Persian Information on Pearls
Enjoy historic Persian information on pearls and view an ancient Susa pearl necklace J. de Morgan which I photographed in the Louvre Museum in Paris, France.
Ancient Pearl Necklace in Louvre Museum found by J. de Morgan Photo by Kari
In Persia, the popularity of pearls seems to date from a very early period. Professor Jackson states that if they are not mentioned in the extant fragments of the ancient Zoroastrian literature, the Avesta and the Pahlavi, or by the Middle Persian books from the seventh century B.C. to the ninth century A.D., it is probably a mere accident, due to the character of the work or to the fragmentary condition of the literature; for pearls were well known during that entire period, and seem to be indicted in extant sculptures. Pearl Necklace found by J.de Morgan Photo by Kari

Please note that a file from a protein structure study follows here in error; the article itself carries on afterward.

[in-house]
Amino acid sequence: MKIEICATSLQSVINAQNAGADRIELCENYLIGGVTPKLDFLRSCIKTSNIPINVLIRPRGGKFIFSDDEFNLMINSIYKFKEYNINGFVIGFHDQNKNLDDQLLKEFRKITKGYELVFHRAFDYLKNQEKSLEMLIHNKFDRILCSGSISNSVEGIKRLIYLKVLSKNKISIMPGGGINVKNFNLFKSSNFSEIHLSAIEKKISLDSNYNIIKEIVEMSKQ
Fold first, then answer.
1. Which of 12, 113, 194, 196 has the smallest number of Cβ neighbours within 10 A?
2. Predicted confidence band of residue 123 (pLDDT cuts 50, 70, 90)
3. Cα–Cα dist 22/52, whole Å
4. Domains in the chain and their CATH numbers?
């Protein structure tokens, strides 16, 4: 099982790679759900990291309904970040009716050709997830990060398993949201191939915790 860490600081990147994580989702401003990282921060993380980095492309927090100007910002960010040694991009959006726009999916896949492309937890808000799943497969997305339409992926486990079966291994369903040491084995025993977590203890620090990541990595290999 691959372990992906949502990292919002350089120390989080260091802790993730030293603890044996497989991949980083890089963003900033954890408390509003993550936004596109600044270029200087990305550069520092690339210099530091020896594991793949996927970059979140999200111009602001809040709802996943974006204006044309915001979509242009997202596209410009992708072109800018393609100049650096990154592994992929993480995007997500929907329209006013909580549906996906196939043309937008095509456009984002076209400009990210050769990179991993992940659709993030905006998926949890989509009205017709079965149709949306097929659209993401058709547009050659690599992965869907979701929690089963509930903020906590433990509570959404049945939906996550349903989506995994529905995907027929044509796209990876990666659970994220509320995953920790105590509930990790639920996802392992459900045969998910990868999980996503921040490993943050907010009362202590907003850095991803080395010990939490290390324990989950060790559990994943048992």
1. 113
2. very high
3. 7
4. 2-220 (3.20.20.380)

The coin and the gem portraits of Persian queens commonly show ear-pendants of these. The remains of a magnificent necklace of pearls and other gems were recently found by J. de Morgan in the sarcophagus of an Achaemenid princess exhumed at Susa or Shushan, the winter residence of the kings of Persia. This necklace, perhaps the most ancient pearl ornament still in existence, dates certainly from not later than the fourth century B.C., and is now preserved in the Persian Gallery of the Louvre. Even if we had no other evidence, it would be natural to assume that the knowledge of pearls was as wide-spread among the Iranians in antiquity as it was among the Hindus, since the Persian Gulf, like the Indian Ocean, has been famous for its fisheries from ancient times.
(Notice this is the same necklace I photographed in the Louvre)
Read more about this Susa necklace here
.Enjoy more information on pearls after Persian information on pearls.
Thanks to Kunz & Stevenson for this Persian information on pearls from their 1908 book.